(Truth is rated R for language. The film runs 121 minutes.)
How movies love journalism
With two films this fall focusing on the work of journalists – Truth and the upcoming Spotlight – this profession the movies love again finds it moment on screen. Here are three of the best of the films from the movie archive that pay tribute to the essential work of people who discover and share the news.
All the President’s Men (1976)
No film captures the impact of journalism with the urgency of this classic from director Alan J. Pakula. It says more about the importance of the profession because it never lets itself be about this profession. Instead it reminds us what change we create when we follow our instincts, strengthen our craft and face our challenges with intensity of cause and humility of spirit. As the film recreates a chapter in history when a nation’s embarrassment over the behavior of its president almost toppled an institution, it dares to treat a familiar narrative as a thriller even though we know the ending. Because we know the verdict, we can speculate about the accusation; since we have the answers we can savor the questions. The film helps us imagine how investigative journalists work in the days before blogs and the Internet as they rely on sources, in deep background, and spend hours trying to capture a few authentic details that may help answer important questions. It teaches us that it’s not enough to have a hunch; it takes discipline to make sure what is published is true.
The Insider (1999)
In the media search for truth, the news magazine has become a reliable weekly entry to entertain, inform and – at its best – provoke debate and discussion. Of these types of programs, the most venerable is 60 Minutes, a show that since it debuted in 1968 has regularly reaped high ratings and praise for its investigative reporting. While imitators have come and gone, 60 Minutes still manages to make us think. But no effort is perfect and, as the new film Truth shows, even 60 Minutes can have a misstep. The Insider takes us inside a chapter that the news program may likely want to overlook when network pressure interfered with broadcasting an interview that would criticize the tobacco industry for disregarding (and misinforming the public about) the hazards of cigarette smoking. While the film is neither a detailed account of the tobacco case or a behind-the-scenes look at the production of a news magazine, it feeds our minds by focusing on the gray area where these two worlds intersect, in the daily lives of those who hunger for the news and those who hunger for the truth and how it becomes too easy for all of them to forget what they hunger for.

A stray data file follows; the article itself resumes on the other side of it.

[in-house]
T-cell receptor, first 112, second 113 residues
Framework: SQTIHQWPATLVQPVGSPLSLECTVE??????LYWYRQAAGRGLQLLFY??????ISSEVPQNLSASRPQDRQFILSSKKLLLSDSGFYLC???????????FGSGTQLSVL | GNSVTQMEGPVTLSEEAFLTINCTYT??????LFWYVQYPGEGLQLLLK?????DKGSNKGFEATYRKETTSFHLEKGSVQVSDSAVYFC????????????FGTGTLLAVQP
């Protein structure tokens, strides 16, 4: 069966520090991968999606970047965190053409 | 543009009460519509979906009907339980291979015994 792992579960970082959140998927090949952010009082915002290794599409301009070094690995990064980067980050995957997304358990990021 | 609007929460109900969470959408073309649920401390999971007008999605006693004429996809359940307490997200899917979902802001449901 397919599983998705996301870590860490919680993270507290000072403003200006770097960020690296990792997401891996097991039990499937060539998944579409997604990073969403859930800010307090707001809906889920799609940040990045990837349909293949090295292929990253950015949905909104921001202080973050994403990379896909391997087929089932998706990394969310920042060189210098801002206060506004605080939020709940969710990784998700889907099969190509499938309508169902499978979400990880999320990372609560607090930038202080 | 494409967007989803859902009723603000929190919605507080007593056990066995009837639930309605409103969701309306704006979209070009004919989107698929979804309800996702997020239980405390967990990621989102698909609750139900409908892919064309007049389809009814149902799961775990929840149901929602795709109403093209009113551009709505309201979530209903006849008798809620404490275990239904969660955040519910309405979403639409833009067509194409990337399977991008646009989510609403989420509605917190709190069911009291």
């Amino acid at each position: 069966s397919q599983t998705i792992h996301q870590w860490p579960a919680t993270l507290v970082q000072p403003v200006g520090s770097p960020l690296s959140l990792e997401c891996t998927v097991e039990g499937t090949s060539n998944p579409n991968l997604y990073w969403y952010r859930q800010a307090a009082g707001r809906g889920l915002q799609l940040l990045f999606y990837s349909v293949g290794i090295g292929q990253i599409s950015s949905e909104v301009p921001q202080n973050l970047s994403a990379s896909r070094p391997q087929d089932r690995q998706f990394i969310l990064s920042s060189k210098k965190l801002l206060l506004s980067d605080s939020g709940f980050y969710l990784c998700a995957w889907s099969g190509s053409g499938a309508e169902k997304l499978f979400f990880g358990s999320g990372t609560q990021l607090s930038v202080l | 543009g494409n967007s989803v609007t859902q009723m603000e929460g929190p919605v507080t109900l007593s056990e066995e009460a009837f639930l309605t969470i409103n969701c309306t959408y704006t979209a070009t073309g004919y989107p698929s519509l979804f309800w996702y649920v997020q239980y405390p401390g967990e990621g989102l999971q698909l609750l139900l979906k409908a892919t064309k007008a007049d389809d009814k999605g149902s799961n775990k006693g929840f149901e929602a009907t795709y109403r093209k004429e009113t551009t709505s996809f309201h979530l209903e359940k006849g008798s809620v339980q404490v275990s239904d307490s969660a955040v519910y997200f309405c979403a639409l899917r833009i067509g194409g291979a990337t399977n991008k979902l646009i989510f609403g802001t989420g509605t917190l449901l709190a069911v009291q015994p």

Television was described, in the early 1960s, as a vast wasteland in a prediction that the entertainment created by the medium would someday overwhelm any ability for television to create public good. Several years later, Paddy Chayefsky predicted a similar world in this outrageous comedy about a television network that decides, for the sake of the ratings, to turn news into entertainment. Seen through the lens of 1976, Network looks like a far-fetched fantasy that could never occur, especially in a world where news broadcasters were held in high esteem. Today it would seem Chayefsky had a most precise crystal ball as he describes, in fascinating detail, the television world we experience every day, including the reality show. He takes us inside a world of broadcast news that may only be a slight exaggeration of what actually exists today. The clarity of his vision from the 1970s makes Network an essential film about journalism. That we would dare to imagine what the medium could be – and tell its story in such an entertaining way – is what gives the film such lasting value.
Thanks to the wonders of movies, the world of journalism is alive on screens. May we never forget how essential this profession can be to the truth we need.